Casinos and gambling mini-games are usually something I despise. The Gold Saucer is one of the few things I dislike about Final Fantasy VII. Ni No Kuni: Casino of the White Witch's Wrath? It isn't required. What about Legend of Lagana's slot machines? Nope. This one is a no-go. One of the few exceptions is playing Tetra Master in Final Fantasy IX. My favorite is Tetra Master!


A casino can be found in almost every Dragon Quest game. In some games, there are multiple casinos. For some reason, I don't mind them in this series. I'm not entirely sure why. But I can tell you that playing roulette with my wife in Dragon Quest XI is one of the most enjoyable video game experiences I've had in a long time. We danced around the living room like it was real money when we won the jackpot.


Perhaps I don't mind gambling halls and casinos in Dragon Quest because (as far as I know) the games never require you to play there in order to advance the story. Side quests do, and you may want to try your luck in a casino if you want some nice gear, but it isn't necessary. It's not like in Final Fantasy VI, where you have to spend an hour or more running around the Gold Saucer's attractions to advance the plot. You could spend hours playing some of these games and never find a casino unless you go down the right well.


For whatever reason, I've enjoyed the majority of the casinos in Dragon Quest games. And like I said, playing roulette in DQ11 was definitely a highlight.


5. The History:


I notice you nodding off at the word history. Don’t! Dragon Quest has done more for the JRPG genre than any other. Dragon Quest most likely invented your favorite combat system, storyline, or RPG gameplay mechanic. The job systems in Dragon Quest have been copied numerous times by other franchises such as Final Fantasy and Shin Megami Tensei because they are so good. Dragon Quest V released years before Pokemon, allowed you to recruit monsters. I'm not trying to start a nerdy franchise war. I'm just trying to emphasize how innovative and significant Dragon Quest is to the gaming industry as a whole.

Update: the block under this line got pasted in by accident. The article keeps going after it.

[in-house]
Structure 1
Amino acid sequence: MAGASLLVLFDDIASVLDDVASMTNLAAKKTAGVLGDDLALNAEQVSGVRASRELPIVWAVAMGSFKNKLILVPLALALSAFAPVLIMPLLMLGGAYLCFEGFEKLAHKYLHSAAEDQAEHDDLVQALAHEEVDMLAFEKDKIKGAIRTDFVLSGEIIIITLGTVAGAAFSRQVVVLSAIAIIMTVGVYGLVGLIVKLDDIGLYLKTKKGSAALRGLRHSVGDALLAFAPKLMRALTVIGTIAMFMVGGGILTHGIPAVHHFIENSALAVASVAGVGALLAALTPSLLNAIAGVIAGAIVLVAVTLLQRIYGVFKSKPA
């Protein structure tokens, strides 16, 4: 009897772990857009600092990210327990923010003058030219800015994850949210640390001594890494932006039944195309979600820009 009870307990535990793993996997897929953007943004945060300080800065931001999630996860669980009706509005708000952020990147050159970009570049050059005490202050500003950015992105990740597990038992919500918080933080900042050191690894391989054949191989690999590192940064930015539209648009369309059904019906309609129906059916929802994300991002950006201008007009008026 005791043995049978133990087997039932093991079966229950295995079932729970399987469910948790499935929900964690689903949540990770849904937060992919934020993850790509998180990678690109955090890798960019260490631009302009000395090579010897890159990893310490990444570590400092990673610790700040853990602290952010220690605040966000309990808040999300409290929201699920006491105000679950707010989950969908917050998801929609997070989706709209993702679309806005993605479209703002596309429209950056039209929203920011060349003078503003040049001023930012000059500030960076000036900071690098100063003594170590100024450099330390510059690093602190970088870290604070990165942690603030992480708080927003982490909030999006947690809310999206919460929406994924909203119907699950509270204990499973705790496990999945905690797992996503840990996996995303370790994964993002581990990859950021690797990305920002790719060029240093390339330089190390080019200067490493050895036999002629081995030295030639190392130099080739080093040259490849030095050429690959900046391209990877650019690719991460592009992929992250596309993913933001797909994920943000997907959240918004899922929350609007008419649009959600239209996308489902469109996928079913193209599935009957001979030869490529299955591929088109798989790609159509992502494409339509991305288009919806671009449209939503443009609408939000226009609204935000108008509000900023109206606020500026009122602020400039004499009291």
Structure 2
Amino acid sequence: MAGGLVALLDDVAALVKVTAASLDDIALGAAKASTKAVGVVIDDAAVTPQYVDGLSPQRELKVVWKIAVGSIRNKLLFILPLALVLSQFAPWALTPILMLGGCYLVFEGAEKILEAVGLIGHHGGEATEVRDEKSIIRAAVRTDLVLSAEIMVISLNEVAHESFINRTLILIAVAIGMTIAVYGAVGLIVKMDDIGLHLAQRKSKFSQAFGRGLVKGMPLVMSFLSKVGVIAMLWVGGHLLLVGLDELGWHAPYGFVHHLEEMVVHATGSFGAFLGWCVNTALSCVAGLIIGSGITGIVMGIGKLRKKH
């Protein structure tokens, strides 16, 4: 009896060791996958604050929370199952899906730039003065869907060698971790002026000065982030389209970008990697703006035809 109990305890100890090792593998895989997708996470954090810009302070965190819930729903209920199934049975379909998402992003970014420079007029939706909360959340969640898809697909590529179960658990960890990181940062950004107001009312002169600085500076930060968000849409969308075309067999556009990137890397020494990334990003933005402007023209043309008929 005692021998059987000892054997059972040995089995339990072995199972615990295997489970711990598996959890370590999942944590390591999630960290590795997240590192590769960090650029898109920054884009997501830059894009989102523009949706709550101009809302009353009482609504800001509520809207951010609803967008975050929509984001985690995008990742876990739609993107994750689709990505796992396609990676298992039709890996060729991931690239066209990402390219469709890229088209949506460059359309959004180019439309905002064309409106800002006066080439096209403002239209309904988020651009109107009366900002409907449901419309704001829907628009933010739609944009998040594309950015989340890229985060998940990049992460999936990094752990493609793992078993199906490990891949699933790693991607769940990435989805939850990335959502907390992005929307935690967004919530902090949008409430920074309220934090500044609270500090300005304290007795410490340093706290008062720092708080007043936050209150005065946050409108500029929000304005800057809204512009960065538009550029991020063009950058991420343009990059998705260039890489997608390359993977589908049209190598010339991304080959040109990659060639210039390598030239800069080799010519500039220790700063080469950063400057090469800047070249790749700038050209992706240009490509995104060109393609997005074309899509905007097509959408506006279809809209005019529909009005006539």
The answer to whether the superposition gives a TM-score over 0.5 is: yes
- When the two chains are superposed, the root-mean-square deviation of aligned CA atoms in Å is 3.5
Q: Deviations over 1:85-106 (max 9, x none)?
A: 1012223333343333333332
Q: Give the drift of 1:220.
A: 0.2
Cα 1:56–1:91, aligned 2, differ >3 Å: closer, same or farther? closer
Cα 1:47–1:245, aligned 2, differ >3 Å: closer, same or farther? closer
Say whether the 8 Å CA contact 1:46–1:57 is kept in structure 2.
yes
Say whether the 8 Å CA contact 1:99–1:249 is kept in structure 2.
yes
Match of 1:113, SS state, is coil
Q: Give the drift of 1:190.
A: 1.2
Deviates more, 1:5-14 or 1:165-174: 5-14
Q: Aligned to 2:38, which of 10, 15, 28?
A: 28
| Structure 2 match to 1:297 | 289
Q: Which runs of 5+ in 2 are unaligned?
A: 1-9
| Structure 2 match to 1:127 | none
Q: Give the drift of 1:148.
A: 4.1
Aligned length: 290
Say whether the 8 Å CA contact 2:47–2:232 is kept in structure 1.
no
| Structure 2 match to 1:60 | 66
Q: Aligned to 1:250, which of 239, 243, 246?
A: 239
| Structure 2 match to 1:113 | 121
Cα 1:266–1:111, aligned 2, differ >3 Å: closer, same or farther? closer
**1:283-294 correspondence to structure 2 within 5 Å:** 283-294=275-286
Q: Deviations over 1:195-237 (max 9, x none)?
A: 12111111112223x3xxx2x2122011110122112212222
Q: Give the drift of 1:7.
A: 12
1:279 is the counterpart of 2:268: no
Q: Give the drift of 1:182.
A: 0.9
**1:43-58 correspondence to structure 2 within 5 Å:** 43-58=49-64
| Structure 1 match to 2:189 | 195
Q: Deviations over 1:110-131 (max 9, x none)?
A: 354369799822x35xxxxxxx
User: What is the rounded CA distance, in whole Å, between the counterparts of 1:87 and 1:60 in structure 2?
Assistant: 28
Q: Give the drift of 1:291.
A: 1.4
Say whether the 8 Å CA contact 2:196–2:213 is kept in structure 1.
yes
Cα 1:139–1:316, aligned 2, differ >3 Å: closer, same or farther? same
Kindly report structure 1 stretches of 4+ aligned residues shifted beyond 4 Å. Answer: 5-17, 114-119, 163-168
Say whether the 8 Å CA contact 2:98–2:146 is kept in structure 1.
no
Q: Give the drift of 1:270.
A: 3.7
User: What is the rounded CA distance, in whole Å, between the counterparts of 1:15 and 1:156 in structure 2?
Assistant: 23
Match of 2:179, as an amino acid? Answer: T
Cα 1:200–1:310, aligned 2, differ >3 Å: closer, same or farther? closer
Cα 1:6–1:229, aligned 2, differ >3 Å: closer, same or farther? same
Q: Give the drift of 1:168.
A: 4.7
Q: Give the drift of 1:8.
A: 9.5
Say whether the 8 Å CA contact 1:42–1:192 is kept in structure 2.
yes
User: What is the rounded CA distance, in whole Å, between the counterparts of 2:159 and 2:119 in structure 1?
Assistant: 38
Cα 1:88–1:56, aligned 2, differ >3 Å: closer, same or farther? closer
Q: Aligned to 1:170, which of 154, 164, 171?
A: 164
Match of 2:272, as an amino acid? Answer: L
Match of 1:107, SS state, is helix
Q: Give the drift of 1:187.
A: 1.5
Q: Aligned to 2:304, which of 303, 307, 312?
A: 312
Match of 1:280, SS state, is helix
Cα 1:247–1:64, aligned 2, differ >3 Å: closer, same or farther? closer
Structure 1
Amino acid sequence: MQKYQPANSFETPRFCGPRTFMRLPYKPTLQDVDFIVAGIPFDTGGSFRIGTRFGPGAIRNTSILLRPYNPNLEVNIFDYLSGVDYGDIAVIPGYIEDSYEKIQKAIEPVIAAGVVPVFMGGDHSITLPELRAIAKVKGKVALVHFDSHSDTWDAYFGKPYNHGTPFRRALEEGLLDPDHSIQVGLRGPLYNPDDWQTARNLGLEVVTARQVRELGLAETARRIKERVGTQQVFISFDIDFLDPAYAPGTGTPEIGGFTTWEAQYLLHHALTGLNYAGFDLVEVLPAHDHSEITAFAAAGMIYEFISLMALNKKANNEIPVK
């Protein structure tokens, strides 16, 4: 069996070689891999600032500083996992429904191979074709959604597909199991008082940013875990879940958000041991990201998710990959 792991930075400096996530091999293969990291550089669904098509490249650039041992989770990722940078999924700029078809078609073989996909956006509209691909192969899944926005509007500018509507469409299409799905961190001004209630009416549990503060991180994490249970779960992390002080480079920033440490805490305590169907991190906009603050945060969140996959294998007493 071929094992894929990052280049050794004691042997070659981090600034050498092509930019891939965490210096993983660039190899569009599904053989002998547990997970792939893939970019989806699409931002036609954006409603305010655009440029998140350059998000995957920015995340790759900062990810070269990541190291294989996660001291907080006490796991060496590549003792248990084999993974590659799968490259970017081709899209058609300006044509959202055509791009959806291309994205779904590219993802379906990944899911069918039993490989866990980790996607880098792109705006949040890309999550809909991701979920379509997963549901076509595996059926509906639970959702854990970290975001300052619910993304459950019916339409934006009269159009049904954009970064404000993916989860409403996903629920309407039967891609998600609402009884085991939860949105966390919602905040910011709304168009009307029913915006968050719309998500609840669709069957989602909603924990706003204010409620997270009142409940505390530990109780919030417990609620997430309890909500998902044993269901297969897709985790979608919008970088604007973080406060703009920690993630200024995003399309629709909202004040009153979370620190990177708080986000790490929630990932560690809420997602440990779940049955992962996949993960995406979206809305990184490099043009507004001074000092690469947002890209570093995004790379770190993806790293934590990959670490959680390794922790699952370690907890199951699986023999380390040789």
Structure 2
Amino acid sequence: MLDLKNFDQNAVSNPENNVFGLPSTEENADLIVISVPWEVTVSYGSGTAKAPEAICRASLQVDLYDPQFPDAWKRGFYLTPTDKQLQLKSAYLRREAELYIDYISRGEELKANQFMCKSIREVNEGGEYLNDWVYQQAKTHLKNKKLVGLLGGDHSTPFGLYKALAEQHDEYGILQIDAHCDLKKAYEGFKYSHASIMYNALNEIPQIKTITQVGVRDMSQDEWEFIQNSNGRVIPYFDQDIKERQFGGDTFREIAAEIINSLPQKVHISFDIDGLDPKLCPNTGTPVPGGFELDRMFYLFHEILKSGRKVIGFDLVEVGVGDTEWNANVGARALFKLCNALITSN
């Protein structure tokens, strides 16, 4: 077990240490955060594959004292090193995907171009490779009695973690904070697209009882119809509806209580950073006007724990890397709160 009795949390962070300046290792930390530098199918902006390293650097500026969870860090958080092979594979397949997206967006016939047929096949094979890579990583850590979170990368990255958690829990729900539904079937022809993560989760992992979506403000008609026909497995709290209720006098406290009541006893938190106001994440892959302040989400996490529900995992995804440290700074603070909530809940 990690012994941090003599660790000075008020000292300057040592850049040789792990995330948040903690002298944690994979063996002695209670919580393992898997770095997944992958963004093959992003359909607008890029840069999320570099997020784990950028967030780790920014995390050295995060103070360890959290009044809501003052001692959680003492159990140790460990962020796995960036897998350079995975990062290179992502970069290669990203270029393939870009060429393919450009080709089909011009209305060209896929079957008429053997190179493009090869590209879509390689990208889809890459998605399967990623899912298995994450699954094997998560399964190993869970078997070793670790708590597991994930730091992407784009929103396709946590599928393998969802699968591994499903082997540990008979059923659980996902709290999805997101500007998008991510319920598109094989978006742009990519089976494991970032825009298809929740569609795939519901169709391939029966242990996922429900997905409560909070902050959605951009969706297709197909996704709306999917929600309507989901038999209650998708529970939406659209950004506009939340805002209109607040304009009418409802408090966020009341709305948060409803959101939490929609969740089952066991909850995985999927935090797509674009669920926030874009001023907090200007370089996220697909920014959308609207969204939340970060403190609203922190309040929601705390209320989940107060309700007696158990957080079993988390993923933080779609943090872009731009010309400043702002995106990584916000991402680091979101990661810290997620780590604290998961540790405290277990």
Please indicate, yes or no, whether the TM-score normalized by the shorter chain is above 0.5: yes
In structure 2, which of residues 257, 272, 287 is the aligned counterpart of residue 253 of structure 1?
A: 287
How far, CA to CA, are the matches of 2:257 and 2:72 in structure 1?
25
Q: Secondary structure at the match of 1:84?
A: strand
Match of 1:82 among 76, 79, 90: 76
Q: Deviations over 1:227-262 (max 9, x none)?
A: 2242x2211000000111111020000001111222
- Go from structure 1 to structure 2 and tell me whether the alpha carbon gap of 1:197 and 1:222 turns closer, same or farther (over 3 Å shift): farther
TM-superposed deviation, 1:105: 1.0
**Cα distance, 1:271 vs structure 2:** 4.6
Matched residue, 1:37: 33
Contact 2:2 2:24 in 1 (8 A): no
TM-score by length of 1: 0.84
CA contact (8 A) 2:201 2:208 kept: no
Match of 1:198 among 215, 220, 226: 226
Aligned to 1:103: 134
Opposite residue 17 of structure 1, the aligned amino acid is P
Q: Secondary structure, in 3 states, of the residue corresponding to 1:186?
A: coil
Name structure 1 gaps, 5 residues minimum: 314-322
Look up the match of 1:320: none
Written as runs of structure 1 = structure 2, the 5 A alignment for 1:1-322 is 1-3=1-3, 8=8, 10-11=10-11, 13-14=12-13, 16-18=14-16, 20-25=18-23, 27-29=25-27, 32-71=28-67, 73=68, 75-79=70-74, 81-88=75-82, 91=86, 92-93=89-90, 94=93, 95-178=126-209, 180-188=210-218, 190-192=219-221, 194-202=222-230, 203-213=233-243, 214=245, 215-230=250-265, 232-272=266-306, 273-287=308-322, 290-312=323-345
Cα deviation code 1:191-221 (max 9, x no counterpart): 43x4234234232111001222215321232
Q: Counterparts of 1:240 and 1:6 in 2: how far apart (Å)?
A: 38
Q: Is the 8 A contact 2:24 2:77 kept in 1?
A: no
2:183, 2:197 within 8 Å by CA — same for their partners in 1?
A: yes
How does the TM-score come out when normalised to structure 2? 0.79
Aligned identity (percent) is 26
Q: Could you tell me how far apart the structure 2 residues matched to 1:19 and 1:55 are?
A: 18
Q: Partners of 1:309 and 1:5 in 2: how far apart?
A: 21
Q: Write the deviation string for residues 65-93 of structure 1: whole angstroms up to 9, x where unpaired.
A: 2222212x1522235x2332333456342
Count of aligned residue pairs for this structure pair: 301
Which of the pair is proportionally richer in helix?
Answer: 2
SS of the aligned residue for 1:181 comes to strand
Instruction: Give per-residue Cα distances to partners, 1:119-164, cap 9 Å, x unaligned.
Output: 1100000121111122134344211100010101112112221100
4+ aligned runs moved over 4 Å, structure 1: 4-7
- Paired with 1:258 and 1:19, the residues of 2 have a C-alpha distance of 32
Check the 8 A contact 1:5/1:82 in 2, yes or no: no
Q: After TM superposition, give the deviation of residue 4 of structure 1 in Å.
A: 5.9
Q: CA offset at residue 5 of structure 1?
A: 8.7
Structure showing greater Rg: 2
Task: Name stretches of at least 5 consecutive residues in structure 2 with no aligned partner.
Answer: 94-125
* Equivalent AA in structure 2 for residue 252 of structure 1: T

6. The Art:


Seriously, I enjoy browsing art books for my favorite movies and video games, and this one may be my favorite. The art style of Dragon Quest is distinct and beautiful. Akira Toriyama has designed the characters and defined the art style since the first Dragon Quest in 1986.


Because I adore the art in this series, I'm disappointed by the lack of art books. There is currently only one available in English, with the rest in Japanese (but still look beautiful). I'm about halfway through Dragon Quest Illustrations right now, and I'm really enjoying it. I even save strategy guides in order to collect extra artwork snippets. If I’m not playing a Dragon Quest game, there’s a good chance I’m looking at some Dragon Quest art. Is that insane? Maybe.